MedMal Trial of Teenage Permanent Blindness Begins Monday, CVN to Webcast Gavel-to-Gavel

archive image of an eye exam

Kalispell, MT – A medical malpractice lawsuit accusing an eye clinic and hospital of failing to refer a teenager with progressive vision loss to a neurosurgeon soon enough to prevent permanent blindness will go to trial Monday in state court in Kalispell, MT. Montana, and the procedure will be hammer to hammer webcast by Courtroom View Network.

Plaintiff Brett Camen, 18, alleges in his lawsuit that staff at Glacier Eye Clinic and Kalispell Regional Medical Center failed to recognize the danger of cerebrospinal fluid accumulating in Brett’s brain over a period of about a month in which fluid pressure on the optic nerve caused Brett’s disease. vision to steadily deteriorate.

Glacier Eye Clinic and Kalispell Regional Medical Center deny the allegations in court filings and argue that Camen’s treatment was within the standard of care for the symptoms he was exhibiting.

CVN will webcast the entire hammer-to-hammer proceedings from the start of opening statements. CVN is the only media organization in the nation to regularly cover hammer-to-hammer medical malpractice lawsuits, though this case marks one of the first medical lawsuits CVN has covered since the initial pandemic shutdown in 2020.

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The lawsuit is also an example of how some in-person jury proceedings are continuing in a handful of state courts despite the recent Omicron wave.

According to his complaint, Camen began to suffer from headaches and blurred vision in mid-December 2017. His symptoms continued to deteriorate despite being seen by doctors in a medical office and eventually to Kalispell Medical Center and Glacier Eye Clinic.

Camen underwent an MRI, which came back normal, but according to her complaint, the radiologist who evaluated the MRI noted that the results did not definitively rule out conditions such as increased cranial pressure. An eventual lumbar puncture revealed that Camen’s cerebrospinal fluid levels were significantly elevated.

In early January 2018, an ophthalmologist at Glacier Eye Clinic evaluated Camen and diagnosed him with “idiopathic intracranial hypertension” and, in consultation with other physicians, continued to treat him with various medications. Camen’s vision continued to deteriorate until he was referred to a neurosurgeon who inserted a shunt to relieve pressure in Camen’s brain on January 15, but at that time, according to his complaint, he was definitely blind.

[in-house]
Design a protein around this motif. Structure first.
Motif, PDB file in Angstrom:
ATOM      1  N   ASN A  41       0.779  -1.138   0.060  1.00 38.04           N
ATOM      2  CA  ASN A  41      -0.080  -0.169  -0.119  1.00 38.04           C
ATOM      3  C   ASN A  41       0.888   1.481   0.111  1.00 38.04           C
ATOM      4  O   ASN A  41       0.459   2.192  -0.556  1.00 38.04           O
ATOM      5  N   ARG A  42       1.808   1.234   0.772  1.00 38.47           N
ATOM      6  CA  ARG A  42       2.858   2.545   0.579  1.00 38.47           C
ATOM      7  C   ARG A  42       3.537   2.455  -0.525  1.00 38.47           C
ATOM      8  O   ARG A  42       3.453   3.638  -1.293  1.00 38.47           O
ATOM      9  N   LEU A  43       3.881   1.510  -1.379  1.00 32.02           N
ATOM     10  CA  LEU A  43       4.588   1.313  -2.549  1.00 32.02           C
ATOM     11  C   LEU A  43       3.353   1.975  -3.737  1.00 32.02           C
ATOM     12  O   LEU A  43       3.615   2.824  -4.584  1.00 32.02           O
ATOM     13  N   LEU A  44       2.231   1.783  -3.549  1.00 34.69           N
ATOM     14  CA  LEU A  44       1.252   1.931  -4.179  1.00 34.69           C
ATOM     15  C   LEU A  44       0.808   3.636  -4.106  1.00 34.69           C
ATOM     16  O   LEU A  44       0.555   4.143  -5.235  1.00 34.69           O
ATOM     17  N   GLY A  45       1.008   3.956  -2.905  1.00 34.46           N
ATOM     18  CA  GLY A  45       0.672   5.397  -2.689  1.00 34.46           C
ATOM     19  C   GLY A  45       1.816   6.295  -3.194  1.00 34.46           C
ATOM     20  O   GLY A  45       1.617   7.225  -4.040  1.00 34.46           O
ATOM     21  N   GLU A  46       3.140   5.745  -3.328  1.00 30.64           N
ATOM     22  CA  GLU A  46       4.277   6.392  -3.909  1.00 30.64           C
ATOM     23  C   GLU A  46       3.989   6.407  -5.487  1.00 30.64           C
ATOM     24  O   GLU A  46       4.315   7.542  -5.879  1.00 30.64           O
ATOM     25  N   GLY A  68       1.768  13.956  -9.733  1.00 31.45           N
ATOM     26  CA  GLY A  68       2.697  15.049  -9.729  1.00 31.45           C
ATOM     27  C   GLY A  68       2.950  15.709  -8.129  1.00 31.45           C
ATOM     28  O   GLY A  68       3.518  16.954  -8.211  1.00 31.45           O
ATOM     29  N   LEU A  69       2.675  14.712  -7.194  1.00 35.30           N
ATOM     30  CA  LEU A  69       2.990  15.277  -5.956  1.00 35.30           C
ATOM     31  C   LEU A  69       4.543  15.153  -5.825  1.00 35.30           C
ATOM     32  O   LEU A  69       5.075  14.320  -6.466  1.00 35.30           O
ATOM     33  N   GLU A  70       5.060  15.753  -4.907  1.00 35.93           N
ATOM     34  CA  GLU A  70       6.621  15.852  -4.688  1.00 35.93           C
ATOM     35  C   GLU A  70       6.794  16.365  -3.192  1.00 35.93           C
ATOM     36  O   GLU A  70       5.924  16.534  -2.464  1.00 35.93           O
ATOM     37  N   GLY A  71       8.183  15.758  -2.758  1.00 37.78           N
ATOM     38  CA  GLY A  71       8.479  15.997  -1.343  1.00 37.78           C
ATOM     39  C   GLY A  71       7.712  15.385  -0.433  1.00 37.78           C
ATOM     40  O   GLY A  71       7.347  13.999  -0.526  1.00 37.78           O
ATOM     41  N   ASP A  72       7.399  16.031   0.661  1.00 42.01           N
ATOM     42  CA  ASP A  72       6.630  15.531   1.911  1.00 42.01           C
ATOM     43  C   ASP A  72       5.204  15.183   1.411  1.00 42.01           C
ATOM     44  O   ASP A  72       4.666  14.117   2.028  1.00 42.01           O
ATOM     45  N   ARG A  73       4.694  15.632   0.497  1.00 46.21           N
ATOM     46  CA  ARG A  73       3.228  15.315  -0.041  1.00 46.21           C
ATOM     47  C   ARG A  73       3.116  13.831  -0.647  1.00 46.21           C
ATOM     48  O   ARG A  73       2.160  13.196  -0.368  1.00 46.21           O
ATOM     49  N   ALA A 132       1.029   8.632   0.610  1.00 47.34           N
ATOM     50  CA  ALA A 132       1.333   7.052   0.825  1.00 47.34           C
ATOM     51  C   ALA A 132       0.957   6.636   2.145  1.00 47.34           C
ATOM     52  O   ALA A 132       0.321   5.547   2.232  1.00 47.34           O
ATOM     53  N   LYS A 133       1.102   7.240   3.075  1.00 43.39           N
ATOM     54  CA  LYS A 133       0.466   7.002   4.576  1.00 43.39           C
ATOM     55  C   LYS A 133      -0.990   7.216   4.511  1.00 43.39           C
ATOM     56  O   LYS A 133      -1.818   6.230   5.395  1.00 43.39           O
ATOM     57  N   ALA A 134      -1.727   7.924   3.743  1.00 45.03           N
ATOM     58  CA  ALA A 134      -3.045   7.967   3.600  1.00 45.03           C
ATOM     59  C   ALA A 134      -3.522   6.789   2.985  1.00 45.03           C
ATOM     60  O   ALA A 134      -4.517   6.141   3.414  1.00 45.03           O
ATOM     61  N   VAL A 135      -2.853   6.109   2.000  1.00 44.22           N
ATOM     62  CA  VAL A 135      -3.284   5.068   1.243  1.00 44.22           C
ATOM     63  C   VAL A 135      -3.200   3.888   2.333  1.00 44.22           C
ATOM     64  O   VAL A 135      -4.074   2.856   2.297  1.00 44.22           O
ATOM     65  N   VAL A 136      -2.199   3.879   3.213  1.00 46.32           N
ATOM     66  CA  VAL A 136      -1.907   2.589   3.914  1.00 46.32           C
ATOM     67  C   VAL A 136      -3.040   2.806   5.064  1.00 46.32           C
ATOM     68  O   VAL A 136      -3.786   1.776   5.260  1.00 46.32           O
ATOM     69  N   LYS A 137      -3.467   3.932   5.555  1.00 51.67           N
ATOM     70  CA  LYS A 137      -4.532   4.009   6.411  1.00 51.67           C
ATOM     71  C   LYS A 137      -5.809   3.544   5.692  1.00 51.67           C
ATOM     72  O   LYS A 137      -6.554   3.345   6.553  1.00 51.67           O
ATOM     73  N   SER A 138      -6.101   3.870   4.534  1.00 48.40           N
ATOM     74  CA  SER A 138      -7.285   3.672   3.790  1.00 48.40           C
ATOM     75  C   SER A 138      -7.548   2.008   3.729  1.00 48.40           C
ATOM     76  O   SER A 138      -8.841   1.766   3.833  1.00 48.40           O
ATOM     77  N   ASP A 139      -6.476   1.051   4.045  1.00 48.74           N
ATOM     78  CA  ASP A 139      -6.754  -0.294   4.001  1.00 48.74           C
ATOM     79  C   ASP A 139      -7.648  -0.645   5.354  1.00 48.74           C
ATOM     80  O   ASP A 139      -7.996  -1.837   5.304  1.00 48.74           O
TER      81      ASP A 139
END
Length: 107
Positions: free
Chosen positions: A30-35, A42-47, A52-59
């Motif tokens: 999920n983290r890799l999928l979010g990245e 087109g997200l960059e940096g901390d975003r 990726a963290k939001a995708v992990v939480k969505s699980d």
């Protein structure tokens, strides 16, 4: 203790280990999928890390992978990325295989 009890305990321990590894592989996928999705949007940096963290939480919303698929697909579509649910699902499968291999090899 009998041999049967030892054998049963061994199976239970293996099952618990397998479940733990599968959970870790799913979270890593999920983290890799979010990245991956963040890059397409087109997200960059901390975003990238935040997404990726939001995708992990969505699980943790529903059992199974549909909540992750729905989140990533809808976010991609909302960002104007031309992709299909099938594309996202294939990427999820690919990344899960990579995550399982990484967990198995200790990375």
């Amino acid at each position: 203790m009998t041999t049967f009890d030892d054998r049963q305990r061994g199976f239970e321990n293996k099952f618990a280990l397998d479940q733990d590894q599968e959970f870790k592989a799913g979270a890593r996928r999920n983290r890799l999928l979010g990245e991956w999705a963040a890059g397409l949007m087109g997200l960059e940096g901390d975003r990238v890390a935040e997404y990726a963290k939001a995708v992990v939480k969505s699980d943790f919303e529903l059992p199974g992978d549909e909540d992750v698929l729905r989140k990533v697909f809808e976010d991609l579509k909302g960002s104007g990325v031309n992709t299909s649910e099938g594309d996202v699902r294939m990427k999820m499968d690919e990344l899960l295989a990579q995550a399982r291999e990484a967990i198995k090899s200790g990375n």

The attending physician at Glacier Eye Clinic “…departed from accepted standards of care by failing to recognize Brett’s need, by January 5, 2018, for an urgent neurosurgical evaluation in a timely manner,” says Camen’s complaint. “On that date he knew or should have known that Brett suffered from a pseudo-tumor brain, severe papilledema, severe loss of visual field, ongoing severe headaches and worsening of vision despite increased doses of acetazolamide.”

The complaint makes a similar charge against Kalispell Regional Medical Center, arguing that their medical staff should have recognized the urgent need for a neurosurgery referral even earlier on December 21.

Judge Dan Wilson’s rural courtroom in Montana will be filled with national legal firepower from both sides given the potential damage in a case involving a youngster with a normal life expectancy who his lawyers say should never regain sight.

Camen is represented by Nicholas Rowley of Iowa-based Trial Lawyers for Justice. A nationally recognized plaintiffs personal injury lawyer, Rowley is known for his impassioned and sometimes unorthodox tactics in the courtroom, and he has a record of many times far superior settlement offers with verdicts of possible juries.

Rowley is joined by fellow trial attorneys for justice attorneys Benjamin Novotny and Karen Zahka, as well as local Montana attorney E. Craig Daue of Buxbaum Daue PLLC.

Both defendants have very strong out-of-state defense teams. Glacier Eye Clinic is represented by Kent Mathewson of Chicago-based Donohue Brown Mathewson & Smyth LLC, and local Montana attorneys Sean Goicoechea and Katrina Feller of Moore Cockrell Goicoechea & Johnson PC.

Kalispell Medical Center is represented by Kevin Kuhn of Colorado-based Wheeler Trigg O’Donnell LLP and local Montana attorney Jori Quinlan of Worden Thane PC.

The case is captioned Brett Camen v. Glacier Eye Clinic PC and Kalispell Regional Medical Center Inc., docket number DV-15-2019-0000361-PI, in court for Montana’s Eleventh Judicial District in Flathead County.

Email David Siegel at [email protected]

Elna M. Lemons